I'm maybe too pragmatic for my own good, constantly weighing pros and cons to decide if I like a place or an experience. Consequently, I sometimes hit a point in a vacation where I think, "I made a bad decision in spending so much money and my precious vacation time to come here." But sometimes (okay only once in Hood River, Oregon) I think, "I like this place so much, I want to move here. Now."
Sunday, my second full day in London, mostly inspired thoughts of the "this was a mistake" variety. Chad and I took a bus past some post-Armageddon-looking, graffiti-scrawled, derelict housing projects on our way into central London. Upon exiting the bus, we found ourselves in flappy-foot-walker tourist purgatory. I witnessed a German tourist pull down his toddler-aged daughter's pants, carry her to a grassy patch and instruct her to pee on the ground like a dog. This happened as hordes of people walked at different speeds and/or stopped for no reason on uneven cobblestone streets en route to touristy destinations of varying degrees of good taste and civility. Our destination, Covent Garden, proved to be mobbed by street performers with gathering crowds and people who seemed simultaneously in a big hurry and lost. I wish we had skipped Covent Garden. Covent Garden is nothing special. It's not even a garden. It's some local vendor stalls mixed with chain stores and lots of street performers. Gross.
From (stupid) Covent Gardens, we walked to Selfridges & Co. department store. The walk was too long and among too many fellow-tourists, past too many cruddy chain stores that repeated too many times. Does London really need three H&M stores in a two-mile radius? The walk took so much longer than we thought it would that we had to stop to consult maps three times to make sure we were still on track. Selfridges & Co. was pretty fabulous when we finally arrived. The sheer size of the store is amazing with a real sense of history in the architecture.The staff dress strictly in black and white, and all look so fashionable. There seemed to be a staff person for every two customers even on a busy weekend day. Every rack, aisle and display were immaculately neat and lovely. My only complaint (other than the meandering, irritating journey to the place): not enough seating in the food hall. Chad and I thought we'd have lunch there, but found ourselves overwhelmed by food choices and underwhelmed by lack of seats. We ended up sharing a few mini cupcakes in the only shop-in-a-shop nook where we could find a seat. Hunger for "real food" (i.e. not cupcakes) got the better of us, and forced an exit sooner than I would have liked.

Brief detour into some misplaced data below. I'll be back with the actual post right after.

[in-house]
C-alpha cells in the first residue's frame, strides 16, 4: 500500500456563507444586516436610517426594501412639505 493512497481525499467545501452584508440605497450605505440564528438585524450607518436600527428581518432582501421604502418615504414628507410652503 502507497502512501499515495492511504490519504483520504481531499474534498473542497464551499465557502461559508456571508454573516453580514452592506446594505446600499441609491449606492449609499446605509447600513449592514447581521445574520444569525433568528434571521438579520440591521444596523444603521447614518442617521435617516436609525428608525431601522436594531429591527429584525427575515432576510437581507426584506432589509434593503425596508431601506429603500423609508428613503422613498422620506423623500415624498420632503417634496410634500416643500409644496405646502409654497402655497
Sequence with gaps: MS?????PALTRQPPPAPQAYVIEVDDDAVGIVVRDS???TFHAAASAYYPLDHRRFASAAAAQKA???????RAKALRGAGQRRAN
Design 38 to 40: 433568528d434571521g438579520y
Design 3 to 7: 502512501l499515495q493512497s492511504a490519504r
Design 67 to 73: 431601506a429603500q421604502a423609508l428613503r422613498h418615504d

Back on the wiley streets of Oxford Circus, Chad and I ducked down some quieter side roads hoping to escape the crowded sidewalks. We wandered past a Rolls Royce showroom and a Mastretta showroom. We saw lovely apartments and hotels with Georgian architecture. We resisted the urge to press our noses against the windows of these drool-worthy showrooms and abodes.
Upon recommendation of one of Chad's English coworkers, we searched out a pub called The Cross Keys for lunch. We were told the place was a quiet, non-touristy, very old and traditional English pub. We walked through cold, drippy rain and more tourist trap mess and more crowds for too long before finding the The Cross Keys pub. Guess what? It's tiny and doesn't serve food past 3:00 PM. It was just past 3:00 PM. Chad and I each had a room temperature, sudsy English ale (not so good) so as not to be super-conspicuous tourist-types. Then back out into the unwashed masses in search of some semi-authentic, semi-nutritious, vegetarian food. More walking and crowd-surfing. Much menu-looking. Much "I don't see a single open seat in there" disappointment. Much consulting yelp on Chad's phone.
We ended up at Nag's Head. As evidenced by the ketchup bottles on every table, we landed at a tourist trap, but were both so hungry we didn't care. The vegetarian "phish and chips" was some kind of dry white fried cheese. It was okay. What was not okay was the swelling crowd around us, and the American couple who asked if they could share our tiny table, because they couldn't order food at the bar until they could point to their table. I don't go on vacation in a foreign country to talk to other American tourists. Sorry. After forced niceties of the how-is-your-trip & what-have-you-seen variety, we hustled out of the crowded tourist pub to the crowded tourist streets. We couldn't find our bus stop to get back to the apartment. I whined that we could just take a cab as we passed a cab stand area, but Chad pretended he didn't see the cab stand. I got pouty and quiet because my feet hurt, and because I was tired. Then we walked for forty-five minutes back to the apartment. The only saving grace of that long walk was some cool public installation art under bridges.
We rested, showered and went to bed early.
Now is when I reassure you that "it gets better." The trip did get better. Tune in tomorrow to read all about it.